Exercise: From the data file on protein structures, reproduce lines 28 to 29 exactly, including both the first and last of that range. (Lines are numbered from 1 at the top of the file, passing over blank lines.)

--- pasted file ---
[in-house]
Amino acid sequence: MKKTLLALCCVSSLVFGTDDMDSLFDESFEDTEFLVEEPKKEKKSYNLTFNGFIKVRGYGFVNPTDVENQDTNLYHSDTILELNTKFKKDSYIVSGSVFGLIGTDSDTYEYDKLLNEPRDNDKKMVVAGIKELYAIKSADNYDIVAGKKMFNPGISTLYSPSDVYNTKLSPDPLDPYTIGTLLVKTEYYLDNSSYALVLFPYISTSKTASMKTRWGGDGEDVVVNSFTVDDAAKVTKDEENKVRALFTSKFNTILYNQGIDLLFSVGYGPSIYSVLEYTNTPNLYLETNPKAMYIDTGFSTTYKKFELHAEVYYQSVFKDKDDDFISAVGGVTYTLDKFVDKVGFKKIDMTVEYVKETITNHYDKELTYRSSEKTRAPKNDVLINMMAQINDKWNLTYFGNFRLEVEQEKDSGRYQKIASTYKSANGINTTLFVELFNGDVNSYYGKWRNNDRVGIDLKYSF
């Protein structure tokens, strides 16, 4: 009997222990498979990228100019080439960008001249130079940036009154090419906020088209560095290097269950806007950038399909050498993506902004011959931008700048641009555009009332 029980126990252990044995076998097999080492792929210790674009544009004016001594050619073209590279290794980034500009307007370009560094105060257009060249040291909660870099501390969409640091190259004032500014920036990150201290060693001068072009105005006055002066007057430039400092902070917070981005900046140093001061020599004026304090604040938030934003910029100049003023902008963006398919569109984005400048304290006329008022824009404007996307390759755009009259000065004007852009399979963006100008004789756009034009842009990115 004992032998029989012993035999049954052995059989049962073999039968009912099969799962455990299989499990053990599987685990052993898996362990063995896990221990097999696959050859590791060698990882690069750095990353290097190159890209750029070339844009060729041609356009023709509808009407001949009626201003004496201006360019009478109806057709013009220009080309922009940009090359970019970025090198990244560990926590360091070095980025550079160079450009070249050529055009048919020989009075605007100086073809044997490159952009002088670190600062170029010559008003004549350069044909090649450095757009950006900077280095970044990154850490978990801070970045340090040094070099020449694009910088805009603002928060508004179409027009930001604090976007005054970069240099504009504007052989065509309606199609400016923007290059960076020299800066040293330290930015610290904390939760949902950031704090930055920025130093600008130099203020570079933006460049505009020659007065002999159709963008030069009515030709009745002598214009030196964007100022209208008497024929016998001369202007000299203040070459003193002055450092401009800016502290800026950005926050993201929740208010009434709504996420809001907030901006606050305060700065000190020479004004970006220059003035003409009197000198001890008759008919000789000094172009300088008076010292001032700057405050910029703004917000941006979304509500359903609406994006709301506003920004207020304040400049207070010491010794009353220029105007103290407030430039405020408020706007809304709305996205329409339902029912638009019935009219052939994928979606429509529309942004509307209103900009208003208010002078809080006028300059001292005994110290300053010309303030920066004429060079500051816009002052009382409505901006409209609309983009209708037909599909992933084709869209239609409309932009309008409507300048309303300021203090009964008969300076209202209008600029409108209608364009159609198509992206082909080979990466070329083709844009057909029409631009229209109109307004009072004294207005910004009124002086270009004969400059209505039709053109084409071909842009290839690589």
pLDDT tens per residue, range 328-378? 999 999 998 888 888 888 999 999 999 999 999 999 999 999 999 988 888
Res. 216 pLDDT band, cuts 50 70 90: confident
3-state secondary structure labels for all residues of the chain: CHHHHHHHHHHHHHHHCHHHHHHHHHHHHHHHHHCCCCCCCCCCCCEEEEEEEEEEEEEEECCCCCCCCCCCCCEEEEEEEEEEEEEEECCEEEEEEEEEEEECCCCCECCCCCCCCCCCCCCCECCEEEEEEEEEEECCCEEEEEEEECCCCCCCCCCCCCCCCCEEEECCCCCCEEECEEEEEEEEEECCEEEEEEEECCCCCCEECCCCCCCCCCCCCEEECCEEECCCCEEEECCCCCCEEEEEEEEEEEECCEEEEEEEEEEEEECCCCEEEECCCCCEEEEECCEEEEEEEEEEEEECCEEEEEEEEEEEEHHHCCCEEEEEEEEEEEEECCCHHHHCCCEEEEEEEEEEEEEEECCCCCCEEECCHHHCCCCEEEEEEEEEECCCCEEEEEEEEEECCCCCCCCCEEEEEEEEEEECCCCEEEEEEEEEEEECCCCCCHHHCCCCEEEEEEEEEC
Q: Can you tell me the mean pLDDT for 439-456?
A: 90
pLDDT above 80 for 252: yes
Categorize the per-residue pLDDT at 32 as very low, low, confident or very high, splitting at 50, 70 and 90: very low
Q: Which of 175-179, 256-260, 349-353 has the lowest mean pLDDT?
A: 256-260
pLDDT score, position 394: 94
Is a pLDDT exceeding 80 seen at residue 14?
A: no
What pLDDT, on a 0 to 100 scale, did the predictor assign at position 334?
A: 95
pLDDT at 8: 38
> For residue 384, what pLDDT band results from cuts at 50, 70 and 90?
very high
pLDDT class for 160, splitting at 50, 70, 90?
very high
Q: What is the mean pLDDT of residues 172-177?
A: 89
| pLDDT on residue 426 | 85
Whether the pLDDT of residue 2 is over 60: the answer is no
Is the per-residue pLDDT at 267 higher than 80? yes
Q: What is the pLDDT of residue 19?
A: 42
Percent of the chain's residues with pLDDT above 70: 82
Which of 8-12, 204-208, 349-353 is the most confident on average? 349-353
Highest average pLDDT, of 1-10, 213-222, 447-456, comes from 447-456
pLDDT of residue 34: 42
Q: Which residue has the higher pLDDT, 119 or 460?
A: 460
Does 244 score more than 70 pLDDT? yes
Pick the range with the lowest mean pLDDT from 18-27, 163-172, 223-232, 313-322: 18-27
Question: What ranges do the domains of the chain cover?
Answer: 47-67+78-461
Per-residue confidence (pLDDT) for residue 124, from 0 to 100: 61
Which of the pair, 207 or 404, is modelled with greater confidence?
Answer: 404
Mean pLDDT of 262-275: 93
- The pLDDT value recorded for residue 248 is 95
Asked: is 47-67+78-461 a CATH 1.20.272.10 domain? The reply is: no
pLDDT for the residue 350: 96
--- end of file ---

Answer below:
Q: What is the pLDDT of residue 19?
A: 42